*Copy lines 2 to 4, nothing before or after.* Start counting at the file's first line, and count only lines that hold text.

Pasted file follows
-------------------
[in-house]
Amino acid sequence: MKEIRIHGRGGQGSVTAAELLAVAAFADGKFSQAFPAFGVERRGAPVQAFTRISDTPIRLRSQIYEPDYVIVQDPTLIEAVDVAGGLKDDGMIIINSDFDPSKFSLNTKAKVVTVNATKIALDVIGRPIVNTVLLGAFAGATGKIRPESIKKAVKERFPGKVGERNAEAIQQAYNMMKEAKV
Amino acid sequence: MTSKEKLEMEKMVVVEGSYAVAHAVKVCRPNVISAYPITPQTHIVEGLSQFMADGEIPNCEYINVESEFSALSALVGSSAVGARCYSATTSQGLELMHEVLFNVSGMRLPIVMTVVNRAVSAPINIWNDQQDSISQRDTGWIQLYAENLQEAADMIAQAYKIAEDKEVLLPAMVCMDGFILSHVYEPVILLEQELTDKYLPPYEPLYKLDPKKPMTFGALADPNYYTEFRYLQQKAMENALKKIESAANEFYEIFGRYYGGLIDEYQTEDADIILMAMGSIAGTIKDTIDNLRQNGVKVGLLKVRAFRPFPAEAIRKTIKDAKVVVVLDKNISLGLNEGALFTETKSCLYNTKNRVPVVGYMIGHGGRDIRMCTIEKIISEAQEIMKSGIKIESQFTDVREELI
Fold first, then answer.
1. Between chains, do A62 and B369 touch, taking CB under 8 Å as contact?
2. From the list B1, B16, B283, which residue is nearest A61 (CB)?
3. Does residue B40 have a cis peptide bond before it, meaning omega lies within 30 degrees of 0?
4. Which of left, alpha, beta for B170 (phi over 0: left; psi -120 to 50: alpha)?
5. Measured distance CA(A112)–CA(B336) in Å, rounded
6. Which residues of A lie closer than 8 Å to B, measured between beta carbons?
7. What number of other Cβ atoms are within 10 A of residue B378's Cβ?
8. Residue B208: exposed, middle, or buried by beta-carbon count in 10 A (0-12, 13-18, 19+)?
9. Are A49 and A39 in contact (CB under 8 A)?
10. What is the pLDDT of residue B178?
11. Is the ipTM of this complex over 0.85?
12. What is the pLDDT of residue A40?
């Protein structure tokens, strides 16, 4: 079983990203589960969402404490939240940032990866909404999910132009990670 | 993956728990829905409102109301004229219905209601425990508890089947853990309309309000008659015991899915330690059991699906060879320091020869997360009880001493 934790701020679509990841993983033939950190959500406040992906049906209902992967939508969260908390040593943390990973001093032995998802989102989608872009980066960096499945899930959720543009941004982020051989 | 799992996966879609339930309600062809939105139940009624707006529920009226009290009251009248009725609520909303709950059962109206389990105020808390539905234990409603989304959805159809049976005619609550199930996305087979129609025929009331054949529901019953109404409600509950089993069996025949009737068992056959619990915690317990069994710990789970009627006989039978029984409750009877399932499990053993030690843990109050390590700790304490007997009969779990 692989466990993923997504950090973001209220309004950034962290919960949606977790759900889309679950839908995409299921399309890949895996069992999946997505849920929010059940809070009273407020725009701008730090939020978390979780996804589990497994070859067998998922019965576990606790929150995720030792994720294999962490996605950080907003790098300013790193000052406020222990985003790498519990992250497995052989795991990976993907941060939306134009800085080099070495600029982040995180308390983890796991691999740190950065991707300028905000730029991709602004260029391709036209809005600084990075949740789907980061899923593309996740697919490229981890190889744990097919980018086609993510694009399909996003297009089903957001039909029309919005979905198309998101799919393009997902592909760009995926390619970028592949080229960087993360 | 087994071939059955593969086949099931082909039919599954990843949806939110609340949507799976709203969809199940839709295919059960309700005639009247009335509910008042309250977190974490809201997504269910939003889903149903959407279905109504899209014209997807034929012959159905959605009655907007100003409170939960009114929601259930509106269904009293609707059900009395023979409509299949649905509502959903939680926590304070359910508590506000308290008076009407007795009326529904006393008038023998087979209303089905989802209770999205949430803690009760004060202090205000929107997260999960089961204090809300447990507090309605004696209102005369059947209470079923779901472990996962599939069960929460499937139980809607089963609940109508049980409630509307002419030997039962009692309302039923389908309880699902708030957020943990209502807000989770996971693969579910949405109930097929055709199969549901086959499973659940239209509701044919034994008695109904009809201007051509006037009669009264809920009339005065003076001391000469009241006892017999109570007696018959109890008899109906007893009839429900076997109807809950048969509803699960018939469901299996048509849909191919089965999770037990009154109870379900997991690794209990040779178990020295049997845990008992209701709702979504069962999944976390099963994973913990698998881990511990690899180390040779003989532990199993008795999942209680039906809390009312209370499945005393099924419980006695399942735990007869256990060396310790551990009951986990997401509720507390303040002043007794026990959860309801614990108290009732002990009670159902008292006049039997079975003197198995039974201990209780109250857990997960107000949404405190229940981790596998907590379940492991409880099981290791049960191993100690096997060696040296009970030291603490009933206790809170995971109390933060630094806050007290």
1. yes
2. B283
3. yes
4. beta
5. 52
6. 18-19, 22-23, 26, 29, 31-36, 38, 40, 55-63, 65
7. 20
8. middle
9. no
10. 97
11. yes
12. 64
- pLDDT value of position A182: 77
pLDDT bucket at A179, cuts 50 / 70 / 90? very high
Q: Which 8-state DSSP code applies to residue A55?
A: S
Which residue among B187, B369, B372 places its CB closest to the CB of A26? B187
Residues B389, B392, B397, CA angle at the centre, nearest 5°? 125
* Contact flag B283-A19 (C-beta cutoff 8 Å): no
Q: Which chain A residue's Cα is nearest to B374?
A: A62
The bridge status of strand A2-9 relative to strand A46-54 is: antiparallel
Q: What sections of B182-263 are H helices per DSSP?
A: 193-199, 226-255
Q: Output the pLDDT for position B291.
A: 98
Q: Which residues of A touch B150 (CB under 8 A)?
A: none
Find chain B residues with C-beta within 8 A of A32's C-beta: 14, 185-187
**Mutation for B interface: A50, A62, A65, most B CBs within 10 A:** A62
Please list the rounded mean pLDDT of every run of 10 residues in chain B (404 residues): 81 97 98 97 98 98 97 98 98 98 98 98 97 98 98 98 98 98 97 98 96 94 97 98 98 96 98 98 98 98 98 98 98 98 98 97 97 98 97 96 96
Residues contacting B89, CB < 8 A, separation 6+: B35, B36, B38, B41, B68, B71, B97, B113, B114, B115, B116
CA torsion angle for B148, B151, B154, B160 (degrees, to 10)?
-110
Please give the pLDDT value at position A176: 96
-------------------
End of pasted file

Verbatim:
Amino acid sequence: MKEIRIHGRGGQGSVTAAELLAVAAFADGKFSQAFPAFGVERRGAPVQAFTRISDTPIRLRSQIYEPDYVIVQDPTLIEAVDVAGGLKDDGMIIINSDFDPSKFSLNTKAKVVTVNATKIALDVIGRPIVNTVLLGAFAGATGKIRPESIKKAVKERFPGKVGERNAEAIQQAYNMMKEAKV
Amino acid sequence: MTSKEKLEMEKMVVVEGSYAVAHAVKVCRPNVISAYPITPQTHIVEGLSQFMADGEIPNCEYINVESEFSALSALVGSSAVGARCYSATTSQGLELMHEVLFNVSGMRLPIVMTVVNRAVSAPINIWNDQQDSISQRDTGWIQLYAENLQEAADMIAQAYKIAEDKEVLLPAMVCMDGFILSHVYEPVILLEQELTDKYLPPYEPLYKLDPKKPMTFGALADPNYYTEFRYLQQKAMENALKKIESAANEFYEIFGRYYGGLIDEYQTEDADIILMAMGSIAGTIKDTIDNLRQNGVKVGLLKVRAFRPFPAEAIRKTIKDAKVVVVLDKNISLGLNEGALFTETKSCLYNTKNRVPVVGYMIGHGGRDIRMCTIEKIISEAQEIMKSGIKIESQFTDVREELI
Fold first, then answer.